“Sometimes I think that the one thing I love most about being an adult is the right to buy candy whenever and wherever I want.”

—Ryan Gosling, Canadian Actor and Musician

Image of a bowl of Halloween candy

mage from Flickr by Sean Freese


Looking back to my childhood, Halloween was perhaps my favorite holiday. The process of selecting our costumes to be hand-made by mom, and the pillow cases we used to collect our booty, still brings a fond smile.

In those years, we went out early and stayed out pretty late, and it was common to head home to drop off a load of the sweet stuff and head back out for more. That night, and for a few short weeks after, we had the freedom to eat our fill and not hear “No!” too often.

This freedom to choose our actions was something I cherished and it has been a core value of mine ever since.


How and in what ways can you experience even more of the sweetness of life by embracing and exercising the personal freedoms we sometimes take for granted?

Keep out of the suction

“Keep out of the suction caused by those who drift backwards.”

—attributed to E. K. Piper

Image of a boat being sucked into a whilrpool

Image from Pinterest

When I was in my early teens, I hung out with friends at the local bowling alley. Beyond pursuing our mastery of bowling, we also rode bikes, played wall ball, stick ball, hand ball, wire ball, and a game called “Chink,” which also included a ball.

Back then, if you had a ball, you were guaranteed entertainment all day.

When some of the older friends started driving and hormones kicked in, things began to shift. Their behaviors and language became unacceptable to the values I was taught by my parents and teachers. I could actually feel the negative backward drifts whenever I was encouraged to behave in similar ways.


Where do you currently feel the suction of selected individuals in either your personal or professional communities?

What steps must you take to eliminate this backward draft so you can continue pursuing your best future self?

Friday Review: Values

Friday Review: Values

What are the values on which you base your choices in life? Here are a few value-related posts you may have missed. Click on the Quote to read the full message:

QC #1026a

“Above all, be true to yourself, and if you cannot put your heart in it, take yourself out of it.”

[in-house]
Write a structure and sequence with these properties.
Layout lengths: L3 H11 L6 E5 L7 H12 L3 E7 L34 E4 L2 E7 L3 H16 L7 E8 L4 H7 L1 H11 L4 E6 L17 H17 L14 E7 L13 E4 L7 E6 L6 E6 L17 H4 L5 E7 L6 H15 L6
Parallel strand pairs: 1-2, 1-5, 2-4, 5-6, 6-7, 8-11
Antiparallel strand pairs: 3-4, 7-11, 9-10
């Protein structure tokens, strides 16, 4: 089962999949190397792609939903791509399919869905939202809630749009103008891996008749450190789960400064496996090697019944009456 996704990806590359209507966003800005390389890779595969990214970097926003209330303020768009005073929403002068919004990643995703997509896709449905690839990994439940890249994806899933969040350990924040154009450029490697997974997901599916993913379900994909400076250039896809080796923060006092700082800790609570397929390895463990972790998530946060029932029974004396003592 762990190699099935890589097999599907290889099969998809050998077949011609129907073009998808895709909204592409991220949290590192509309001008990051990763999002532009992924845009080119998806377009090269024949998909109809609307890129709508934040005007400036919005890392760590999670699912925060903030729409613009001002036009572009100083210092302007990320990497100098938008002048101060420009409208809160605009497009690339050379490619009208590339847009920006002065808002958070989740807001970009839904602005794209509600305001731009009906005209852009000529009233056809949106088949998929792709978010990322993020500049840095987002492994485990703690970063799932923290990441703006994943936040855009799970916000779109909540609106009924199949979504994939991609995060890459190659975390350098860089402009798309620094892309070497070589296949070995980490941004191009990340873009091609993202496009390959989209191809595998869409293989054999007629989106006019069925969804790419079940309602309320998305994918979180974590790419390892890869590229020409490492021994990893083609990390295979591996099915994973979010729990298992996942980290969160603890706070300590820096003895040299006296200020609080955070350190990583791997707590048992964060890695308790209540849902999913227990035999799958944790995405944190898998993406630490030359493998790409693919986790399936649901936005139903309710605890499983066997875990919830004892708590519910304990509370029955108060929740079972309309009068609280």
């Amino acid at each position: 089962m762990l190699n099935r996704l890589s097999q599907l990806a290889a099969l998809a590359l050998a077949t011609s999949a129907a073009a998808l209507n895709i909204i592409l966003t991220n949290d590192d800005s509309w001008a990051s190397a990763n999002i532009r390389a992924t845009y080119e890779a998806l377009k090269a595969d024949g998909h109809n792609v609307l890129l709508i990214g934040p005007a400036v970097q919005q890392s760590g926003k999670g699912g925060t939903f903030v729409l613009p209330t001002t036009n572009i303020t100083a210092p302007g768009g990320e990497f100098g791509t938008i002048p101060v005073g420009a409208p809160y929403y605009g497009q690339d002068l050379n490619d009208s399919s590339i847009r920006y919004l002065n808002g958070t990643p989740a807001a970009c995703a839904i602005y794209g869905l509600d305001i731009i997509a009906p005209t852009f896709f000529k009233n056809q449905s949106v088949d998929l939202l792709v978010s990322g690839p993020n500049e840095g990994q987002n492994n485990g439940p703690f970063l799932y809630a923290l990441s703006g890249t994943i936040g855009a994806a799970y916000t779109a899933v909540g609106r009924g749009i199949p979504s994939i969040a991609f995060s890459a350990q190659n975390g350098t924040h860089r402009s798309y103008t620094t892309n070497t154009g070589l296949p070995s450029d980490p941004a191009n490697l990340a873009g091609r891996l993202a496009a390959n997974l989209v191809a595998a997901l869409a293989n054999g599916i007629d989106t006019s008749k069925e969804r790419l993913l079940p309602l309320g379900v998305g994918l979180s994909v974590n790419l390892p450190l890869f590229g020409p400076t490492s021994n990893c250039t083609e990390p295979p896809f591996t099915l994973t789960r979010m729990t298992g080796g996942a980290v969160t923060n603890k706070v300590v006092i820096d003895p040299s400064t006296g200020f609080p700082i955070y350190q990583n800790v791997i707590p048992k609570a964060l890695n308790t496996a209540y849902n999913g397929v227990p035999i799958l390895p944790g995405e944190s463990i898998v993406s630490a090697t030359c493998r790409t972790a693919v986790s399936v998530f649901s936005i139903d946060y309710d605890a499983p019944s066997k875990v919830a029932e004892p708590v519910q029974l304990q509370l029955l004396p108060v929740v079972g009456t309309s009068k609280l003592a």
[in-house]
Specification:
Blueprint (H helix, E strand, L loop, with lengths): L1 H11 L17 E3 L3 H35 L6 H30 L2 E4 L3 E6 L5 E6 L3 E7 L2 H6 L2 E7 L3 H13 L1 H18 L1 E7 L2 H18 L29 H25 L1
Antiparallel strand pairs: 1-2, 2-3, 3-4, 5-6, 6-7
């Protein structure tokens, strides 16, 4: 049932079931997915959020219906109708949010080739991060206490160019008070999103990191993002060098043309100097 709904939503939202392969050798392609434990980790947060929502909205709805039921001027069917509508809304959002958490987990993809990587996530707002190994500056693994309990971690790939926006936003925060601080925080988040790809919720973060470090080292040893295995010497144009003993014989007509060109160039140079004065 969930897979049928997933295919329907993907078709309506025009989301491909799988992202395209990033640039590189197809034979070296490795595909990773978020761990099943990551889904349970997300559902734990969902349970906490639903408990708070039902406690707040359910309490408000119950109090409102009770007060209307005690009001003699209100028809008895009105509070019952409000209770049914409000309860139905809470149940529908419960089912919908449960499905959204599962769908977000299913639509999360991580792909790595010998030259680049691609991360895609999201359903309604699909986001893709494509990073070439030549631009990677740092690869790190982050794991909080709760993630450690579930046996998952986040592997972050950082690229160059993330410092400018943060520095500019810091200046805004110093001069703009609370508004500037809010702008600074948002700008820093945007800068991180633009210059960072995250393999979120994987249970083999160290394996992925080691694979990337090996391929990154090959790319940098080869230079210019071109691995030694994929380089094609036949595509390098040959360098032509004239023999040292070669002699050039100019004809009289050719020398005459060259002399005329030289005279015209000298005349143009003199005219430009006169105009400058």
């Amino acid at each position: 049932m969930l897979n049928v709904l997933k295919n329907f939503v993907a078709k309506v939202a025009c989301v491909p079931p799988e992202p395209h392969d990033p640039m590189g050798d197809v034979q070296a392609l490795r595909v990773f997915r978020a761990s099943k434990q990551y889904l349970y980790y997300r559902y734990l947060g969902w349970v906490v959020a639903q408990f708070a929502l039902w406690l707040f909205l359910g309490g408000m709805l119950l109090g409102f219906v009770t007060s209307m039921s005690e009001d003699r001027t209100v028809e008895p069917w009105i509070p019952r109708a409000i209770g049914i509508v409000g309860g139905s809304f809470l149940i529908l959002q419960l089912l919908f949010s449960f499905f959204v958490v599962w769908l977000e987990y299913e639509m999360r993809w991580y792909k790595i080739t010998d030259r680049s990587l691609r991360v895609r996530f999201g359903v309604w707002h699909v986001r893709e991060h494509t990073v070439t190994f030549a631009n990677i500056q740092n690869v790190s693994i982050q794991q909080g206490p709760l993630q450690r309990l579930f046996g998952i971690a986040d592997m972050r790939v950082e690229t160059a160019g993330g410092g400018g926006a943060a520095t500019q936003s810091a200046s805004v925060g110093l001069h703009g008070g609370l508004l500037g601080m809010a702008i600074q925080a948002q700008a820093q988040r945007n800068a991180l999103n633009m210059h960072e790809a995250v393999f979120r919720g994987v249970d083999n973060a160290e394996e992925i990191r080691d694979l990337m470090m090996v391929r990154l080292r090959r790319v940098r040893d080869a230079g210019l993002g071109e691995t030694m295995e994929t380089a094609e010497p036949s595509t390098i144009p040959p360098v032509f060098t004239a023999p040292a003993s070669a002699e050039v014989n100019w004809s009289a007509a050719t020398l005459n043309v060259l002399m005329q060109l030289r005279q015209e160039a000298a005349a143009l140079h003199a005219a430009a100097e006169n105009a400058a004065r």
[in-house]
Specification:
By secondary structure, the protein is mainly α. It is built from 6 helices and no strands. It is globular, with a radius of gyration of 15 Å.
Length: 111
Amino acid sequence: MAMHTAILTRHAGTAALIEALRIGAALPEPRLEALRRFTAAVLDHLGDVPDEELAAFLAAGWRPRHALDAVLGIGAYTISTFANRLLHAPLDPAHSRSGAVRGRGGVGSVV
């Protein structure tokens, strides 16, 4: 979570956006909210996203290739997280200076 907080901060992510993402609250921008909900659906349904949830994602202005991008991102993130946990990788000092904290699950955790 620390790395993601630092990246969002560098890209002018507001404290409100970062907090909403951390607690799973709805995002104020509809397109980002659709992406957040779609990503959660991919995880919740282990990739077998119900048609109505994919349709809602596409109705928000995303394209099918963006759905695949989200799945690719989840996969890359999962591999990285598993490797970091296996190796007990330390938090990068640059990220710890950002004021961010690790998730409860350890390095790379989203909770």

QC #1026b

“Character is like a tree and reputation like its shadow. The shadow is what we think of it; the tree is the real thing.” 




QC #1026c

“It’s always worthwhile to make others aware of their worth.”






“It’s always worthwhile to make others…”

“It’s always worthwhile to make others aware of their worth.”

—Malcom Forbes, publisher of Forbes magazine, promoter of capitalism

Photo from Flickr by Robert Fitzpatrick

Photo from Flickr by Robert Fitzpatrick

Malcom Forbes was perhaps one of the best known capitalists of the 20th century, famous for his namesake magazine and his extravagant lifestyle.

For his 70th birthday, he spent over 2.5 million dollars to charter a Boeing 747, a DC-8, and a Concord, to fly eight hundred of the world’s rich and famous from New York to London for an extraordinary celebration.


Think about how you currently acknowledge and reward those around you in your professional and personal life.  How can you enhance these efforts to more fully recognize the worth of these special individuals?

“The trouble with the rat race is…”

“The trouble with the rat race is that even if you win you’re still a rat.”

-Lily Tomlin, American actress, comedian, writer, and producer

Photo from Flickr by Tim

Photo from Flickr by Tim

One of the unique parts of my work as a coach is that I have significant freedom to work with the people I choose. This freedom of choice has multiple benefits, including better results and far more mutually satisfying relationships.

Before any coaching begins, I utilize a discovery process to weed out the potential rats that are not the best fit to work with me.

I clearly do not wish to offend anyone by calling them a rat, however, we all find some people far easier and more enjoyable to work with due to common values, beliefs, and commitments. The ability to seek out such individuals allows us to not only win more races, but also to enjoy the run regardless of the results.


How can you use your values, beliefs, and authentic commitments to partner with others to more fully enjoy more of your professional and personal races?